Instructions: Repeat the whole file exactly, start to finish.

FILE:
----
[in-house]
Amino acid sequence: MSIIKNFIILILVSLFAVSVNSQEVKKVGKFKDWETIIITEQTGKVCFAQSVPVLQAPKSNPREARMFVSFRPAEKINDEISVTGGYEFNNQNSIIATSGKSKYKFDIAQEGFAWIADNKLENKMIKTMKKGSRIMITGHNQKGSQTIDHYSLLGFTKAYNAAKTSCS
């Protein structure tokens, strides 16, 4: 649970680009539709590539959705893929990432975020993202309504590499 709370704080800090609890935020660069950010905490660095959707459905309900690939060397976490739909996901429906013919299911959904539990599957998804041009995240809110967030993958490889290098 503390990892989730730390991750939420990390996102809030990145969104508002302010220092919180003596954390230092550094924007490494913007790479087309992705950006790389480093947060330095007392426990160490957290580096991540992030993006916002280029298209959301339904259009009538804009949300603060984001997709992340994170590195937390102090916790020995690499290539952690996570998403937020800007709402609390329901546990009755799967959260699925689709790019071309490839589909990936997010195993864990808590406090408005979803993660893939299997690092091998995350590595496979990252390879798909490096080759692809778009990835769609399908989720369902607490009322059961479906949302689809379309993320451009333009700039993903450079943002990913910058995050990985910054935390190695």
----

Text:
[in-house]
Amino acid sequence: MSIIKNFIILILVSLFAVSVNSQEVKKVGKFKDWETIIITEQTGKVCFAQSVPVLQAPKSNPREARMFVSFRPAEKINDEISVTGGYEFNNQNSIIATSGKSKYKFDIAQEGFAWIADNKLENKMIKTMKKGSRIMITGHNQKGSQTIDHYSLLGFTKAYNAAKTSCS
């Protein structure tokens, strides 16, 4: 649970680009539709590539959705893929990432975020993202309504590499 709370704080800090609890935020660069950010905490660095959707459905309900690939060397976490739909996901429906013919299911959904539990599957998804041009995240809110967030993958490889290098 503390990892989730730390991750939420990390996102809030990145969104508002302010220092919180003596954390230092550094924007490494913007790479087309992705950006790389480093947060330095007392426990160490957290580096991540992030993006916002280029298209959301339904259009009538804009949300603060984001997709992340994170590195937390102090916790020995690499290539952690996570998403937020800007709402609390329901546990009755799967959260699925689709790019071309490839589909990936997010195993864990808590406090408005979803993660893939299997690092091998995350590595496979990252390879798909490096080759692809778009990835769609399908989720369902607490009322059961479906949302689809379309993320451009333009700039993903450079943002990913910058995050990985910054935390190695």